Date: Thu, 2 Sep 2010 12:15:23 -0400
Reply-To: DCHAS-L Discussion List <DCHAS-L**At_Symbol_Here**LIST.UVM.EDU>
Sender: DCHAS-L Discussion List <DCHAS-L**At_Symbol_Here**LIST.UVM.EDU>
From: List Moderator <ecgrants**At_Symbol_Here**UVM.EDU>
Subject: 2 Re: [DCHAS-L] transporting chemicals on the elevator

From: fred.simmons**At_Symbol_Here**
Date: September 2, 2010 12:09:06 PM EDT
Subject: Re: [DCHAS-L] transporting chemicals on the elevator

Here's what we say procedurally: 

=B7When transporting compressed gas cylinders on an elevator, it should be accomplished by the minimum number of persons.  All other persons should be excluded from the elevator while the cylinders are present. 
=B7When transporting cryogenic fluids in any quantity on an elevator, it is preferable to use a =93freight-only=94 elevator, with the task completed by the minimum number of persons. All other persons should be excluded from the elevator while the containers are present. 
=B7Whenever possible, transport bulky or heavy cryogenic fluid containers only on a freight elevator, without any personnel present. Once the container is placed in the elevator, lock out the elevator to all other users. The sender will remain outside the elevator and activate it. Receiving person on the destination floor will take the liquid container off the elevator. If a freight elevator is not available, use a passenger elevator in a similar manner. If an attendant must accompany the container in the elevator, an escape pack supplemental breathing apparatus must be carried in the elevator.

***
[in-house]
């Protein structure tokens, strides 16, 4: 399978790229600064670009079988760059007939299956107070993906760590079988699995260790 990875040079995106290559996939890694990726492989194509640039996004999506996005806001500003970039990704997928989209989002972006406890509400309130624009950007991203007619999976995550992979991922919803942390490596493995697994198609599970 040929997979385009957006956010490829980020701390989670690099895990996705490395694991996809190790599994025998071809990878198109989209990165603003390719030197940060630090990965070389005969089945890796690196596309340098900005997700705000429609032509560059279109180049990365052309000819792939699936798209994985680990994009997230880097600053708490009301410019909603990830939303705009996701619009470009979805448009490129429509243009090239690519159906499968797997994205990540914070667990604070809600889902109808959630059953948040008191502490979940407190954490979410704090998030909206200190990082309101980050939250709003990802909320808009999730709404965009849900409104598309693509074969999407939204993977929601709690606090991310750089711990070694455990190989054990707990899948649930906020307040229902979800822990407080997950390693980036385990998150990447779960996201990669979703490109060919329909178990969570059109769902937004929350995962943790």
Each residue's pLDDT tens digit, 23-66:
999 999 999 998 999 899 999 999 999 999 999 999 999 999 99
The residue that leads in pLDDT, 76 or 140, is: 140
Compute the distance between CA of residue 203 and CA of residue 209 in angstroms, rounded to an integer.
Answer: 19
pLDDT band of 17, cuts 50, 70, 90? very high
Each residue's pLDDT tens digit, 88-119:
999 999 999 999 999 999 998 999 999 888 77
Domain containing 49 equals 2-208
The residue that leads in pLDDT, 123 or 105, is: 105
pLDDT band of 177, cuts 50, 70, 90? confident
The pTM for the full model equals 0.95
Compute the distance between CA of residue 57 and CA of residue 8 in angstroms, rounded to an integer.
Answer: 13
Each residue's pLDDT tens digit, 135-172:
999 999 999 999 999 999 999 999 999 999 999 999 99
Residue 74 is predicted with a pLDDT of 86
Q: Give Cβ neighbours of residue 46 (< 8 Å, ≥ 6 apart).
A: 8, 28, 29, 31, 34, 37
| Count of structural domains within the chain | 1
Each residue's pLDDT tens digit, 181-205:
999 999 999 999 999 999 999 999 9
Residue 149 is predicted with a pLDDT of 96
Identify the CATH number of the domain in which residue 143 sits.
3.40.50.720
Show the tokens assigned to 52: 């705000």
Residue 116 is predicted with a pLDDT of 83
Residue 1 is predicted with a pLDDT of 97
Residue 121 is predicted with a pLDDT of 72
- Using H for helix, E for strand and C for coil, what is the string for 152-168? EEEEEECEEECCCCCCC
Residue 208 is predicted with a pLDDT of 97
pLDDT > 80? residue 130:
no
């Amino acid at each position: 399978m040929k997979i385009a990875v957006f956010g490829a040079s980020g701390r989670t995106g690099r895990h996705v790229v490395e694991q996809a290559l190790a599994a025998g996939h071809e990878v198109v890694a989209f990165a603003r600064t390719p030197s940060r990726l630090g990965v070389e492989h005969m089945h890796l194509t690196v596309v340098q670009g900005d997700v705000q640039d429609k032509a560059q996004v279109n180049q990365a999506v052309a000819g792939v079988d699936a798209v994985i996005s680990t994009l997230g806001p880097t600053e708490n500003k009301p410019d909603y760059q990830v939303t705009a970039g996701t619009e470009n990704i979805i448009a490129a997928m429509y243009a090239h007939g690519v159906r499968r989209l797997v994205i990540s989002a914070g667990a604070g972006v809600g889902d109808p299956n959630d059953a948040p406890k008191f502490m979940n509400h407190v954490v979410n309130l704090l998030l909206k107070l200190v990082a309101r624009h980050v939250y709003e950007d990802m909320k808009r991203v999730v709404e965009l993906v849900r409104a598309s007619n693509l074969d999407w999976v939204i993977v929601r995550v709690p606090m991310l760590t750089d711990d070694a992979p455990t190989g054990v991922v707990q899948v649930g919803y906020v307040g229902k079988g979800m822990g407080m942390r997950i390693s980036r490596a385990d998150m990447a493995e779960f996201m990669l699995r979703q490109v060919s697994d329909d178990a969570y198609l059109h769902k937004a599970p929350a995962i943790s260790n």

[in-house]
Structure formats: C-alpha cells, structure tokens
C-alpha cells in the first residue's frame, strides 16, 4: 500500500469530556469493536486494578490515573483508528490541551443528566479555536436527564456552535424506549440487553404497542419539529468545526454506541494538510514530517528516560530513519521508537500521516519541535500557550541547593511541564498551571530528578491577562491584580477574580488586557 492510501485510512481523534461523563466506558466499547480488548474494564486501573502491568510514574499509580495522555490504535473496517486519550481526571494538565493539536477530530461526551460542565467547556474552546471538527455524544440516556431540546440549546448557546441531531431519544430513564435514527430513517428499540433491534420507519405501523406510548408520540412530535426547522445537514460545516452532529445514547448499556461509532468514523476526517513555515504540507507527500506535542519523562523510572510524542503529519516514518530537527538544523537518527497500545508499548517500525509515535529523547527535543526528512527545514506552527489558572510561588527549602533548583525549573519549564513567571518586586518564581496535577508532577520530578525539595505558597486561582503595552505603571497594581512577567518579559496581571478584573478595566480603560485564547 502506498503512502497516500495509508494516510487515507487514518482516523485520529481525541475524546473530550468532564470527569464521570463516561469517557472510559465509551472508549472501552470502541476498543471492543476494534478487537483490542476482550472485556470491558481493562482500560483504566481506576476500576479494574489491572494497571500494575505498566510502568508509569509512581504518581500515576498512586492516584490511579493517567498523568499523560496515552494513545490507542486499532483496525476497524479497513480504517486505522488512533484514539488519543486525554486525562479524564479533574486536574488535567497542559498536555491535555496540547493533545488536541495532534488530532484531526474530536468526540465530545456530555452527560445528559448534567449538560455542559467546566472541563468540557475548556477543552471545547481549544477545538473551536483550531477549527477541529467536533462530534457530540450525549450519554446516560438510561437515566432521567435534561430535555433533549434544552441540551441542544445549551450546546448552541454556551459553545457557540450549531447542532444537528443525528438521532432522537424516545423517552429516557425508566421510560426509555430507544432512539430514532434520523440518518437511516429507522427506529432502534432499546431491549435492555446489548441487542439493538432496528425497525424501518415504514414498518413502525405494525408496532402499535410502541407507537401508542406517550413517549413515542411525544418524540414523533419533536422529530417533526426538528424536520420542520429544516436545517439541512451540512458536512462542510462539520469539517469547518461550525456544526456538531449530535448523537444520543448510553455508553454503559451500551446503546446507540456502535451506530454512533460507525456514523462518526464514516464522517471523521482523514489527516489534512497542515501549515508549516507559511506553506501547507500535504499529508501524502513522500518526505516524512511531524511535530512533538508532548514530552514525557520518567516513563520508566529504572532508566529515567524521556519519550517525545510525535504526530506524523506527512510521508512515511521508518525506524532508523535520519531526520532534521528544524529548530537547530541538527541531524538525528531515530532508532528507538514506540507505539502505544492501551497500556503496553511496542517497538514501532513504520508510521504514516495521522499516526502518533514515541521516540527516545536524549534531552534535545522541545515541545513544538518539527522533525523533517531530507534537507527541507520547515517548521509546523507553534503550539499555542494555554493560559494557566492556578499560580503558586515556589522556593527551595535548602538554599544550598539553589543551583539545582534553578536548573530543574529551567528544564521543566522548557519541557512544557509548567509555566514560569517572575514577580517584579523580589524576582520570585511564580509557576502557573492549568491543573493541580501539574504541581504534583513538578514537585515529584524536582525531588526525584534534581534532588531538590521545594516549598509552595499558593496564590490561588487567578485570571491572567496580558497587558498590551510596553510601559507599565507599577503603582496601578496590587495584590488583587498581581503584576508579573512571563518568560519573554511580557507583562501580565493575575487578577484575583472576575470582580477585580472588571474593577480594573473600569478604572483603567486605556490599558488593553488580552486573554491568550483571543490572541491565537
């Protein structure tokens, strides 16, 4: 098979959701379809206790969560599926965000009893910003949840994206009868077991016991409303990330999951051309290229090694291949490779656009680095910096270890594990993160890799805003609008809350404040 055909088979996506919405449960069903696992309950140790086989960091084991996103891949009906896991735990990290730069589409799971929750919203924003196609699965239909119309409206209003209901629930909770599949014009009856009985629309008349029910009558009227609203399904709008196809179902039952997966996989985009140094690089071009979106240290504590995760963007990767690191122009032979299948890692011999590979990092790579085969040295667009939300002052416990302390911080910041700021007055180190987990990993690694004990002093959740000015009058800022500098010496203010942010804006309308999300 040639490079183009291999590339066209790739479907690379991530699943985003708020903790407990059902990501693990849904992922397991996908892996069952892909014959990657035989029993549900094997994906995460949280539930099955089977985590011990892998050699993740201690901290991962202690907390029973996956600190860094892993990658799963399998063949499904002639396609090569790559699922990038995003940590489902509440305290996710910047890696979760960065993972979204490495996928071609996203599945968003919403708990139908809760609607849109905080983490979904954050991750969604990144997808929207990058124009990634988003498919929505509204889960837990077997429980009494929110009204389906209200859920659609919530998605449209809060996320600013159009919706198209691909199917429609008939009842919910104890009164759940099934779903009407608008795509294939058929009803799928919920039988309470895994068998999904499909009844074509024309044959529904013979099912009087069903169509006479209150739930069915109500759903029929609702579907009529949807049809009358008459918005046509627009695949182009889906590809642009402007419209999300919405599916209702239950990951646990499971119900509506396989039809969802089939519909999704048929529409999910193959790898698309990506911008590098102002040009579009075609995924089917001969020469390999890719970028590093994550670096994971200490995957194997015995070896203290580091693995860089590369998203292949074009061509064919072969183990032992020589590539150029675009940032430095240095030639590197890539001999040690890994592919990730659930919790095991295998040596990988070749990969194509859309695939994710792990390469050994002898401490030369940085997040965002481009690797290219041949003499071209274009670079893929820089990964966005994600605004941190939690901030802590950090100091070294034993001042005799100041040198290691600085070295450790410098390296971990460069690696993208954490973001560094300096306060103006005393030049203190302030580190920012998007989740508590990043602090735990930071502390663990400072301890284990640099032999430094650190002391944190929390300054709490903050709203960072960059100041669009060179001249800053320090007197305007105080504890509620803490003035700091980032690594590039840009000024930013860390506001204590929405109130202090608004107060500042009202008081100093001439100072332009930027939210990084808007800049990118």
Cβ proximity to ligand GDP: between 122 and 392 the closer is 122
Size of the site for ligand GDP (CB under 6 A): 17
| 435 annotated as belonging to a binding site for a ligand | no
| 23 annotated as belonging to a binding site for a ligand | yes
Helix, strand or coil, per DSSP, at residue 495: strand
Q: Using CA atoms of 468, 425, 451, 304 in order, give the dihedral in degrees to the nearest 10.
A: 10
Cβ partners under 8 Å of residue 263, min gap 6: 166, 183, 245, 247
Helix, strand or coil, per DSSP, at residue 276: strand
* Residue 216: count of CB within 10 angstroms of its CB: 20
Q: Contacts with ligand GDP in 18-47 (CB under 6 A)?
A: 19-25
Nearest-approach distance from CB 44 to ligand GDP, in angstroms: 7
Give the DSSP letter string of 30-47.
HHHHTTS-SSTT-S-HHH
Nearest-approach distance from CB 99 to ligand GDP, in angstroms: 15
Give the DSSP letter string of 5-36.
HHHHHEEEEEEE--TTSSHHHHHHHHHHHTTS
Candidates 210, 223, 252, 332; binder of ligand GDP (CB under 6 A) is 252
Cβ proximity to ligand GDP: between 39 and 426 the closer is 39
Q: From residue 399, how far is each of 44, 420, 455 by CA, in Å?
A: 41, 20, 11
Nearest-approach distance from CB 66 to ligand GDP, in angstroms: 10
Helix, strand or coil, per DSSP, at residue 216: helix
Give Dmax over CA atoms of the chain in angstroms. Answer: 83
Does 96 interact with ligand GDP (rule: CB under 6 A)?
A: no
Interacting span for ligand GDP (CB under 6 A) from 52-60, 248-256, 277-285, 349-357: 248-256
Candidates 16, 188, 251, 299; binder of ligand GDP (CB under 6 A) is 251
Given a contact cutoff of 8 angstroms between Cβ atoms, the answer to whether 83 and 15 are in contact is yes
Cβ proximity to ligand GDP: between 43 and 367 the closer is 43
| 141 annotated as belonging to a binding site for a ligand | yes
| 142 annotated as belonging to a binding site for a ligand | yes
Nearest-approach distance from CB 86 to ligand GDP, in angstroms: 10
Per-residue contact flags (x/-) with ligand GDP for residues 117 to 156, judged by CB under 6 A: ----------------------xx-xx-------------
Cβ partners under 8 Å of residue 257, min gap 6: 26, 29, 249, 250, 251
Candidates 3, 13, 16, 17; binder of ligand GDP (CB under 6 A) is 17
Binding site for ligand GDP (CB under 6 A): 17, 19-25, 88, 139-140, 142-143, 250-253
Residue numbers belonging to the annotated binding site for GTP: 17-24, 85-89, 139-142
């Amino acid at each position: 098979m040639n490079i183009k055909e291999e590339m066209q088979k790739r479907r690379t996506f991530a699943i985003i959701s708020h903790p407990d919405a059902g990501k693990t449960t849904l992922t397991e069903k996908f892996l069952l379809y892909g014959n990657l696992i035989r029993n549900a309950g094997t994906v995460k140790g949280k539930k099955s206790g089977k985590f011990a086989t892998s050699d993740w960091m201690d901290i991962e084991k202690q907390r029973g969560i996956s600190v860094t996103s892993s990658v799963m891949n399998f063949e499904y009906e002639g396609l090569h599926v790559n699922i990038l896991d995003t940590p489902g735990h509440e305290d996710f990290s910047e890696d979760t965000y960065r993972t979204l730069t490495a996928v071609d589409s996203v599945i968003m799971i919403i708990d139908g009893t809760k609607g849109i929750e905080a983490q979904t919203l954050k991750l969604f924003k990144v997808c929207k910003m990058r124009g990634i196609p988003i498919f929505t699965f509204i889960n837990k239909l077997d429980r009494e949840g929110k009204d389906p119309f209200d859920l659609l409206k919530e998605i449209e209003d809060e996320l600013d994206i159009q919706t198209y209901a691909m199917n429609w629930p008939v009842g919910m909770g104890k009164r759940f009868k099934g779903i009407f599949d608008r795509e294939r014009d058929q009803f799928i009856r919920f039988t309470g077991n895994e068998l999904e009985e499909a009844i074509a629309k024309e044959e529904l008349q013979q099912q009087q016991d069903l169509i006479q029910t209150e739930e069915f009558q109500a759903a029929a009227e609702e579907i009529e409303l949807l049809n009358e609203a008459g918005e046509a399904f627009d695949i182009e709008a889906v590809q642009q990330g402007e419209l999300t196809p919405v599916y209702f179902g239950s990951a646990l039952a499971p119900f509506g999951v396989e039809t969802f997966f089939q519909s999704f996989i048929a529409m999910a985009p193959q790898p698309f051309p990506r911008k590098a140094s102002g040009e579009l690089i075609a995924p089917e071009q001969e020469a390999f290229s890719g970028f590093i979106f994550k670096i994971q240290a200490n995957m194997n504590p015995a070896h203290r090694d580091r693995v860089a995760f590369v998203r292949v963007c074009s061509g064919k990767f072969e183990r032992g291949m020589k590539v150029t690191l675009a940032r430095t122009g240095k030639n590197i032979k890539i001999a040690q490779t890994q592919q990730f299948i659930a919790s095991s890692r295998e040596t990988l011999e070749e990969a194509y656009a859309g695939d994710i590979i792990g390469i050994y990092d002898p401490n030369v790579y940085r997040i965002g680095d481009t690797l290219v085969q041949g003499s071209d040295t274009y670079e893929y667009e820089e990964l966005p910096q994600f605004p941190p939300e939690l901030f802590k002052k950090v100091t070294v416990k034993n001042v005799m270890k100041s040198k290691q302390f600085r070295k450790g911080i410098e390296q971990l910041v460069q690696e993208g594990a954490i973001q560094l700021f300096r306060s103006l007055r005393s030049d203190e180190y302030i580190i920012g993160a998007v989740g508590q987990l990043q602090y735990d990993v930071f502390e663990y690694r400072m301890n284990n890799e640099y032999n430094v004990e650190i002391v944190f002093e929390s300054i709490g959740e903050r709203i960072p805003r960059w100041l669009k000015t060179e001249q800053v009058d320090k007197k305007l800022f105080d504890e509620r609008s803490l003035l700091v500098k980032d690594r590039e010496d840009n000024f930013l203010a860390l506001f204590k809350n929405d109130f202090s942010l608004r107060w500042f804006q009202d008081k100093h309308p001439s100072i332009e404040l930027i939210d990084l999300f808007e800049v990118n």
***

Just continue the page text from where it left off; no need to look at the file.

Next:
=B7NFPA 55, Standard for the Storage, Use, and Handling of Compressed Gases and Cryogenic Fluids in Portable and Stationary Containers, Cylinders, and Tanks (2005 edition) 
=B7Compressed Gas Association, P-1, Safe Handling of Compressed Gases in Containers 
=B7Compressed Gas Association, P-12, Safe Handling of Cryogenic Liquids 



From: "Eric Clark" <erclark**At_Symbol_Here**>
Date: September 2, 2010 12:02:04 PM EDT
Subject: Re: [DCHAS-L] transporting chemicals on the elevator

Thanks for a good elevator suggestion.  You absolutely do not want to get stuck on an elevator for an extended period of time - even without hazardous materials - especially as an exempt employee because you can't recover the overtime or comp time.  

I noticed you were over at Occidental College in Los Angeles.  Just an FYI - in California you're permitted 6000 cuft of asphyxiating cryogenic/compressed gas in the building unless you have some kind of engineered-in device approved by the LAFD (perhaps you do).  A large dewar might put you over the 6000 cuft; and that might mean adding another item to your to-do list.  We plumb-in LN2 and Ar through an exterior wall into the building though insulated pipe.  

Eric Clark, MS, CCHO, CHMM 
Safety & Compliance Officer 
Los Angeles County Public Health Lab   

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